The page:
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    1. Exactly. And all the 'fun' subjects like music, art etc are being squeezed out of the school day to make way for preparation for tests. Thus my second to last comment. It is hard for a child with a special talent to pursue it in the face of constant door slamming.

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  4. No teacher, no kids. But have an opinion. Pupils are nowadays nothing more than future tools for the machinery. It was already kind of like that when (long, long time ago) I was a pupil (who "disliked" school and the majority of teachers) and I'm afraid it's kinda impossible to turn back the clock. When I did my Abitur we had a classmate who came from a so-called Walddorfschule, different kind of education. She was leading in math on her school. On the regular school she struggled to survive math. And it's the same with languages, I was horrible in French during school. Apparently this is no longer the case. Why you should need a special level in English to study arts, or history or mathematics is beyond my level of intelligence. If you have a good German Abitur you are good at learning by heart and not necessarily intelligent (see the Einstein example)

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    1. Yep. I always wrote creative essays, and know from secondary school that I had a talent. It was encouraged by an English teacher unfettered by the need to teach to the tests. My failure in Maths was ignored. I have NEVER used my maths/ Science learning in any way, other than to laugh at the Big Bang. Had I been told I was a failure, it may well have coloured my whole perception of myself..and I'd never have written any books.

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  5. All the senior management is worried about in my secondary school is data. If I hear this word again, I am going to scream! Children are not robots. They are given very high targets, and we try hard to get them to reach the grades even though we as teachers know some of them are unrealistic. In turn the children are completely stressed and call themselves 'failures'. They should be enjoying the learning,taking the time to explore and have fun, and sometimes go off track from the set curriculum. This is very depressing.

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    1. Totally agree, marie. and i am seeing the results from first hand in depressed students... more and more each year.

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  6. Thank you for the article. What a shame for the generation. Society already loses too much talent with their stupid theories and rules.

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  7. Awful, Carol. I know very little about the school system here as I am not involved in it on any level, but I'm sure it is not as prescriptive as that. Nevertheless I do know they are asked to make decisions about their future careers far too early and they are alsomstreamed too early as well.meducators just cannot get it right, can they? And yet they are playing with the lives of our future!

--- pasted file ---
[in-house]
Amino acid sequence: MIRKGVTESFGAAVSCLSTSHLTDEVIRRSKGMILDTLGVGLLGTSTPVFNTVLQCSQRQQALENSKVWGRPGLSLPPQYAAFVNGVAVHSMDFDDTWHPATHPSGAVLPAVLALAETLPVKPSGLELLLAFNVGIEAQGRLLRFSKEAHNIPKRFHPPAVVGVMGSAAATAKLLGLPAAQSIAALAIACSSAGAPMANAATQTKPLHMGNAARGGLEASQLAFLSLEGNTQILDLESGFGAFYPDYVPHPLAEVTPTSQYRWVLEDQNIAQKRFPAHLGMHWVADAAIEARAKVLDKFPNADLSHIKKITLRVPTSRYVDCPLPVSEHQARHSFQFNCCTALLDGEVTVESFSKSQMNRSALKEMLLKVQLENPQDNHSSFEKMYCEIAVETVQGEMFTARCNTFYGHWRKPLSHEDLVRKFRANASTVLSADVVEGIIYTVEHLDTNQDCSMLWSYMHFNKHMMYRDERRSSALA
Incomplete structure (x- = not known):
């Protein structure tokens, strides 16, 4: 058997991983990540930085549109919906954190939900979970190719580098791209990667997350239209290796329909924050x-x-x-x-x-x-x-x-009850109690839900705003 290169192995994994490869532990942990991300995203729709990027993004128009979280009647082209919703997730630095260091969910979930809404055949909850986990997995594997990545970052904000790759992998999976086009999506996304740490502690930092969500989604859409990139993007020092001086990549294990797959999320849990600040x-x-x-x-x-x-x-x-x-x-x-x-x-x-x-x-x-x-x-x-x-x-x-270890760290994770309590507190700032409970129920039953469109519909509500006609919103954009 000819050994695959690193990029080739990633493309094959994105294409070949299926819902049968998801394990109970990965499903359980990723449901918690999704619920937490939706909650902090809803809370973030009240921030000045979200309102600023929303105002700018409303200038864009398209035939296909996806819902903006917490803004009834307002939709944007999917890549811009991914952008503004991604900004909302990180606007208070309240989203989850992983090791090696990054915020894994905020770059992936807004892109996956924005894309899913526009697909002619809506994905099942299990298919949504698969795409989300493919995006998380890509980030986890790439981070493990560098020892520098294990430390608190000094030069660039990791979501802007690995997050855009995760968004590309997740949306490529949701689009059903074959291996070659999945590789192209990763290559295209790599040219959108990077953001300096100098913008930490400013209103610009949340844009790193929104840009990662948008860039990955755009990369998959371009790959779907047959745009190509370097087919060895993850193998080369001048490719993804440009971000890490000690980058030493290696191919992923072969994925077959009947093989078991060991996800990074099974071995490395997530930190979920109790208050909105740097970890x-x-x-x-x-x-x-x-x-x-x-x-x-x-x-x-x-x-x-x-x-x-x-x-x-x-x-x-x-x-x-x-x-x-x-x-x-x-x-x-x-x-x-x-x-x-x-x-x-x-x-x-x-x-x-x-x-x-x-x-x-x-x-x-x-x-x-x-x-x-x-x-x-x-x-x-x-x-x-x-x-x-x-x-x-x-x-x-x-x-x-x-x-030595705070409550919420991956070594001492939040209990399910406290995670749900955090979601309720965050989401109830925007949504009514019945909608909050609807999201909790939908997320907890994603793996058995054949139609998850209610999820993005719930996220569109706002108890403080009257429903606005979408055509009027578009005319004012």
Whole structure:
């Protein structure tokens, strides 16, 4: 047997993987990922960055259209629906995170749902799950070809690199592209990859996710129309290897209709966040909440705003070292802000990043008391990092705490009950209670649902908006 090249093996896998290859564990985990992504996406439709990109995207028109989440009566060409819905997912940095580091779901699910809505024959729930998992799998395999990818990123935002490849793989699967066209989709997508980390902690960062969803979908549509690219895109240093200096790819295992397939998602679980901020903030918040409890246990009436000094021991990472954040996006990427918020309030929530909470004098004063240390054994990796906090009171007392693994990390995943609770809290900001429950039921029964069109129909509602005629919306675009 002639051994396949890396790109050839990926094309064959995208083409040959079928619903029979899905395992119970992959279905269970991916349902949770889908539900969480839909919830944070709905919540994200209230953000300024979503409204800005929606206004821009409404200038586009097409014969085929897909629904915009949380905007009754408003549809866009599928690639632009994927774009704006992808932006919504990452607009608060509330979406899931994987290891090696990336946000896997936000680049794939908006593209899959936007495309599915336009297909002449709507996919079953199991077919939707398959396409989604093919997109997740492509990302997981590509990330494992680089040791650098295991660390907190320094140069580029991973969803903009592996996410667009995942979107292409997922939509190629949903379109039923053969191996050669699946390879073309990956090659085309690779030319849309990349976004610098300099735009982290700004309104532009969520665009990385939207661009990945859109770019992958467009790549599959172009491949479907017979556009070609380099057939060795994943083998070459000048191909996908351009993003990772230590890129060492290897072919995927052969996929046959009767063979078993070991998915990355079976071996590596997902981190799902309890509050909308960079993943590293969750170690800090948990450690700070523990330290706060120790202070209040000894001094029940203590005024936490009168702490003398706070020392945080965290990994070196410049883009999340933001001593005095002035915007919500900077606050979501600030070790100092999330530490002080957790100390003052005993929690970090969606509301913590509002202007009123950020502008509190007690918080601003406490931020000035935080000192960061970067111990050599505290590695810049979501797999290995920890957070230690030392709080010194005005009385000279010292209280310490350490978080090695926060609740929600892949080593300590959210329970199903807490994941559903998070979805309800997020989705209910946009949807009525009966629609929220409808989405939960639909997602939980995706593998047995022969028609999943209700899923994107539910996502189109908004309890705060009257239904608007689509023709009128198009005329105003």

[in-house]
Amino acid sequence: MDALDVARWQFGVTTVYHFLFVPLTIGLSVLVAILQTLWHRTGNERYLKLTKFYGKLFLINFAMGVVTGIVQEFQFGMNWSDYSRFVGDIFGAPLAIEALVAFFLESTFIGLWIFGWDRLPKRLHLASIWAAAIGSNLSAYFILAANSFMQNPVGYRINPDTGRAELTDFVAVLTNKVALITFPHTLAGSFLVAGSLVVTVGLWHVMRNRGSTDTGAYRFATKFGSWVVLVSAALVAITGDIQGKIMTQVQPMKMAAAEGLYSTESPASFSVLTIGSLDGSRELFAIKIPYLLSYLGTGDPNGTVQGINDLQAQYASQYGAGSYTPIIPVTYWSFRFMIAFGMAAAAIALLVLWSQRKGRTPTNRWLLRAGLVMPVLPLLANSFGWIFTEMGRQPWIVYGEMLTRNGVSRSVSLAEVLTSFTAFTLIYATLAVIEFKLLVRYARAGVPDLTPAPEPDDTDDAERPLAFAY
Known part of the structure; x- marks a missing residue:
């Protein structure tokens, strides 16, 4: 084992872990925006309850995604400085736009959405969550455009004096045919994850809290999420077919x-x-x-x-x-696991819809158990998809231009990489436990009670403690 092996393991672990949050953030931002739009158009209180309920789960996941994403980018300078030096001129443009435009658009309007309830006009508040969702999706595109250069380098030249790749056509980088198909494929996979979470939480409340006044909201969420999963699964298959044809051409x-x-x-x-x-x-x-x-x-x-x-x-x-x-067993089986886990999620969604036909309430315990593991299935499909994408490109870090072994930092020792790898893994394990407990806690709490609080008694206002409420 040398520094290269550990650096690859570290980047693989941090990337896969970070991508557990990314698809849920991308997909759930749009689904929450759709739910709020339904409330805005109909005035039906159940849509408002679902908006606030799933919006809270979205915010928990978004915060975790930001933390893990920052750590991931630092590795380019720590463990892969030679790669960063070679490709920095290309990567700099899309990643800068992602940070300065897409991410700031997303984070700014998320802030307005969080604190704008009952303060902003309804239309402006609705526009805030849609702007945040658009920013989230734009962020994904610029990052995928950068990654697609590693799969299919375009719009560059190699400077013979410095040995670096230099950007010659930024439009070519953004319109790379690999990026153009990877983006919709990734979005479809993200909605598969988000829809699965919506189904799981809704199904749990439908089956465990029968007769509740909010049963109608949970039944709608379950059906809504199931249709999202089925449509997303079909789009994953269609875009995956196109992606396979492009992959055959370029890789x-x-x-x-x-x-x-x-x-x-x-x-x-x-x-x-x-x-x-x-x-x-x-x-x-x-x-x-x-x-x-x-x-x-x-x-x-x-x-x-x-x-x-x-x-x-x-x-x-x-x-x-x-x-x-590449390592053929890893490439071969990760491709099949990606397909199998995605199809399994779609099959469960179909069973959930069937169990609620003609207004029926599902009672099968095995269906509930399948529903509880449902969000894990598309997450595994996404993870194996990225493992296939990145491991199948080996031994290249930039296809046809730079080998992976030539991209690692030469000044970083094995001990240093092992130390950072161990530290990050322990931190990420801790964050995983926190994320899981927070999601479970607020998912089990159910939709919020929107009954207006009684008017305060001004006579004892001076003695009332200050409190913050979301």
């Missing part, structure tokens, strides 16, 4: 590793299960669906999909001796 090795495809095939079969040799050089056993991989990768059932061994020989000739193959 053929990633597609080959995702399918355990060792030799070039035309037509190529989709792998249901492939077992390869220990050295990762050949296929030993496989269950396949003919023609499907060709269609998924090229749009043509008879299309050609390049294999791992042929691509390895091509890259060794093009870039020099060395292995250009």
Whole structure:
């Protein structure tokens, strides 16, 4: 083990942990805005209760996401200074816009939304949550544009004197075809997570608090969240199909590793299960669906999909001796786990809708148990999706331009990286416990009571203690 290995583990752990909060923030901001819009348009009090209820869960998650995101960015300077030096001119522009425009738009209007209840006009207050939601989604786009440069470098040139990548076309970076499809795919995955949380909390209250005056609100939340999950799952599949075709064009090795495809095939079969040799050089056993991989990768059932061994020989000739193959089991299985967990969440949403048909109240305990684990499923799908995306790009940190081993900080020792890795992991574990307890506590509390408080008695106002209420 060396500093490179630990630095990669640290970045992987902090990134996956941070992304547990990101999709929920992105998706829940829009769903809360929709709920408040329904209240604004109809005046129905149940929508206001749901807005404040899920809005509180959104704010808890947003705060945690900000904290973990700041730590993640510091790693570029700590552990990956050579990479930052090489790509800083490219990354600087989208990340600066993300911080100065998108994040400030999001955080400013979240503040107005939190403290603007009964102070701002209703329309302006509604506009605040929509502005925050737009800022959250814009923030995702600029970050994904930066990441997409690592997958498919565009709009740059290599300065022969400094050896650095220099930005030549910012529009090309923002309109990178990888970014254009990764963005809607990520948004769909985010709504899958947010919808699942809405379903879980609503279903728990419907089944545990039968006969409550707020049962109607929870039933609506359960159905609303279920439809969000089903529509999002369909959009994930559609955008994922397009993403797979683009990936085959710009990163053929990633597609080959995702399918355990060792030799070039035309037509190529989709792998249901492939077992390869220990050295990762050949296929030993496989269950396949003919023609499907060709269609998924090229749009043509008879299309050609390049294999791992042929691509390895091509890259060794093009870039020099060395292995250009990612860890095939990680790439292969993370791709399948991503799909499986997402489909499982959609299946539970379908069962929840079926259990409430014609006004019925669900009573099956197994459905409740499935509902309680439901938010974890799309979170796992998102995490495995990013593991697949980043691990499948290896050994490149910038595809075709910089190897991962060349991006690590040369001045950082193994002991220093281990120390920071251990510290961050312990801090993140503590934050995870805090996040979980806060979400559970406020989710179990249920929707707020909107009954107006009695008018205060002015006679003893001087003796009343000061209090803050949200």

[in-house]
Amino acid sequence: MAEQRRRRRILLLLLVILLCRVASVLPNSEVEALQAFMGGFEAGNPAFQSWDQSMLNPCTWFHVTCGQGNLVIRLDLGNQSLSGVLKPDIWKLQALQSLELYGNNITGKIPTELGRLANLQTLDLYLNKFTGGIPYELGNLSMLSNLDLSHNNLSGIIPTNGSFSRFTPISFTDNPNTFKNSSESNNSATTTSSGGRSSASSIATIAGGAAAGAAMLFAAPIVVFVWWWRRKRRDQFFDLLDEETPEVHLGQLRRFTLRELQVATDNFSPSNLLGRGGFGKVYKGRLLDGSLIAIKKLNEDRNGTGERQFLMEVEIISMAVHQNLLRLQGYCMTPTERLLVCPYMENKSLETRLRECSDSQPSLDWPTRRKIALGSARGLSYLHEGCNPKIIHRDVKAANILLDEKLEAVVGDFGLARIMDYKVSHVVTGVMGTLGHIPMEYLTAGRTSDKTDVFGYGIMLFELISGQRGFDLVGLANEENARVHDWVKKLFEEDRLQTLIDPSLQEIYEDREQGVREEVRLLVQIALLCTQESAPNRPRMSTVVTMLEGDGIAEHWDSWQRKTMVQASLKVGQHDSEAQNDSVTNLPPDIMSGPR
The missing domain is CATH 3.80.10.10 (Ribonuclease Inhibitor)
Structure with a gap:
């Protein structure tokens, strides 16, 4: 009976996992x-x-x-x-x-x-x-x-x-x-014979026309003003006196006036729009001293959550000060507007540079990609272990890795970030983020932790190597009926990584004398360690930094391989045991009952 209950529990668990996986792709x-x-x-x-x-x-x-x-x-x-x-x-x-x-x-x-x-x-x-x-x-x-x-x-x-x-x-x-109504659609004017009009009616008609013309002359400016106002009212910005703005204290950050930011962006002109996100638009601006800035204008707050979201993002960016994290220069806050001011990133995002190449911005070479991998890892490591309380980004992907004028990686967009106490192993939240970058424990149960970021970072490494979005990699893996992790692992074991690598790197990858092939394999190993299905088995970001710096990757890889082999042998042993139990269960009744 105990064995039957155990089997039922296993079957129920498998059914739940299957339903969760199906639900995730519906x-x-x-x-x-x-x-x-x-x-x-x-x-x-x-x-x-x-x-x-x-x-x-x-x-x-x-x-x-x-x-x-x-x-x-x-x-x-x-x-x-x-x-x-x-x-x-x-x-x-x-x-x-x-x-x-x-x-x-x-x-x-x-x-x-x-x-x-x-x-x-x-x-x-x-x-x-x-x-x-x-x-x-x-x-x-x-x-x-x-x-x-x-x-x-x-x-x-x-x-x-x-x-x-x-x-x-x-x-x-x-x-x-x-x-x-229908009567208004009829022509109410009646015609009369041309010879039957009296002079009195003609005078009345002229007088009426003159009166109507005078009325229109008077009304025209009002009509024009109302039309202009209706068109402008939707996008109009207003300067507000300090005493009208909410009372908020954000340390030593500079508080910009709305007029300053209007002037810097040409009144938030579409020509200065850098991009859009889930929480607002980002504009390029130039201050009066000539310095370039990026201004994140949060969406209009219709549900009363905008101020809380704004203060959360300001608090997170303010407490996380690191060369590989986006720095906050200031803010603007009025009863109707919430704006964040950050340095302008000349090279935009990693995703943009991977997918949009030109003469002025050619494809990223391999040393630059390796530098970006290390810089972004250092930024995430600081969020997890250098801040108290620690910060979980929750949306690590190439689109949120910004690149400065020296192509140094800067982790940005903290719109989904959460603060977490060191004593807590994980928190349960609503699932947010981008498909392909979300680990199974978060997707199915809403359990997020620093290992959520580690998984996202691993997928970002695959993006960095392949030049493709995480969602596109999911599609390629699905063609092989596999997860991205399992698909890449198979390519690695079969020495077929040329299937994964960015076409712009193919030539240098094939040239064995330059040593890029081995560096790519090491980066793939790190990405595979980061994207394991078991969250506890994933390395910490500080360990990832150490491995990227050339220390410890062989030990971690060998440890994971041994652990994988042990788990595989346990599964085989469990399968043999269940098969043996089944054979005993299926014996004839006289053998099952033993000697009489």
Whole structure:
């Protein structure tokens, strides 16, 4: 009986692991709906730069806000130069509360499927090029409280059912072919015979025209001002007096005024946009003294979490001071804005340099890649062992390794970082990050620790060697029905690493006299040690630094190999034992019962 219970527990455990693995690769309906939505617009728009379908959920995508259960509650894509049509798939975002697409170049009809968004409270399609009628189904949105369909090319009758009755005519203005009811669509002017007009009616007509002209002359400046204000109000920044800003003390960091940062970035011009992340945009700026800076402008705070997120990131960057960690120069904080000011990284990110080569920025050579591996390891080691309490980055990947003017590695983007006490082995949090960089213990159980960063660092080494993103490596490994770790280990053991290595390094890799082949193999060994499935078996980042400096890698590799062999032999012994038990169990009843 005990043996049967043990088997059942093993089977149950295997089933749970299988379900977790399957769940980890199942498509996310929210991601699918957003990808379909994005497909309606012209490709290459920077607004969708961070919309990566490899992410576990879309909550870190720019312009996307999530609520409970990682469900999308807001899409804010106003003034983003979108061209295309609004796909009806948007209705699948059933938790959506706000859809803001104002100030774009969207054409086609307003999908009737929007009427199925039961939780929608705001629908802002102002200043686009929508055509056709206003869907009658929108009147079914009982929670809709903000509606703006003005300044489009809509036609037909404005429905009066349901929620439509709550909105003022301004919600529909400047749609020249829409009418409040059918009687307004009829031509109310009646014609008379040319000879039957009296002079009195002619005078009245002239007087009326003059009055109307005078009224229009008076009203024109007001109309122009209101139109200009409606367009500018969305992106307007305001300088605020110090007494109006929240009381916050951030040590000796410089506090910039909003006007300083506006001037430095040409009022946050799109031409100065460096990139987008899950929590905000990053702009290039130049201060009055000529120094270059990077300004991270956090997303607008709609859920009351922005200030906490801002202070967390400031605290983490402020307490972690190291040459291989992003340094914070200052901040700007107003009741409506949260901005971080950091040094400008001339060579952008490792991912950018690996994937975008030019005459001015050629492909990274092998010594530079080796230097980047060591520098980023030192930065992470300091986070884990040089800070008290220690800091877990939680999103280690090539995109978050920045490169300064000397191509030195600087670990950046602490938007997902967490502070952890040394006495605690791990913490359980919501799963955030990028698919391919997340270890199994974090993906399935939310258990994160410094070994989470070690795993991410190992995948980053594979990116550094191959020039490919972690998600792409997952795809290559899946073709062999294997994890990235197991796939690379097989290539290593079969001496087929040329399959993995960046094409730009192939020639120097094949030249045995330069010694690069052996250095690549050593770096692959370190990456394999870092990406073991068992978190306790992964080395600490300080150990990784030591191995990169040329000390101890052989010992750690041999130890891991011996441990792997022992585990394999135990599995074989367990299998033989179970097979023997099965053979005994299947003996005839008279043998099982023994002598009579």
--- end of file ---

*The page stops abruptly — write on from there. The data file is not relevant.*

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    1. Exactly...and with precious little regard for those lives..it is interesting that, paradoxically, as the bar is raised so that the grades will go up, they merely go down!

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  8. I am so with you on this one! My two girls have been art and english oriented, but while my oldest, now 22, is forging ahead with plans for uni, my youngest doing her GCSE's right now is glum about prospects and self-confidence is very low. My son gave up at school with no encouragement from teachers despite his dyslexia and dispraxia. It's so much harder than it has been before.

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    1. I am so sad to hear this! Hope both youngsters find their niche. Sat's blog is all about the teaching profession...

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  9. Carol, as you know, I am a teacher. I can't argue with anything you or the others have said. We are much more fortunate in Scotland in the way education is organised but despite the commitment to raising standards and closing the attainment gap, it's not going to happen, not by introducing standardised testing. Children, as you rightly say, are not standardised; they develop differently and at different stages. The curriculum for excellence ( and I do wonder what we taught before, 'curriculum for rubbish' perhaps? ) was supposed to reflect and respond to the educational needs of every child. It was supposed to allow every child, and the teachers, the freedom to express themselves and to explore learning in a way that previous curricula never could. It hasn't worked out that way at all, it turned into Es and Os, I can statements etc and is to a large extent just as prescriptive as what went on before. It's all data driven. Children still are expected to reach artificial targets which bear no relation to teachers professional judgement. That sit tests that don't measure anything except the ability to pass a test. I could give you countless examples of "poorer" children who get better scores than " brighter" children purely by accident. Yet now they want to introduce more. I understand the need for accountability and rigour in standards of teaching but this is about targets, LAs looking good and not about pupil learning. Complex and complicated factors play their part in improving education, most of thoem influences outside of the classroom; a prescriptive curriculum and tests cannot
    and will not make a difference. Sorry Carol, I could go on all day on this subject!! Rant over for now 😂😂

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    1. Cannot fault this. I am really angry and worried for Little G and her brother. Compared to them, I had it so much easier. Your rant is not a rant but a plea for common sense to prevail!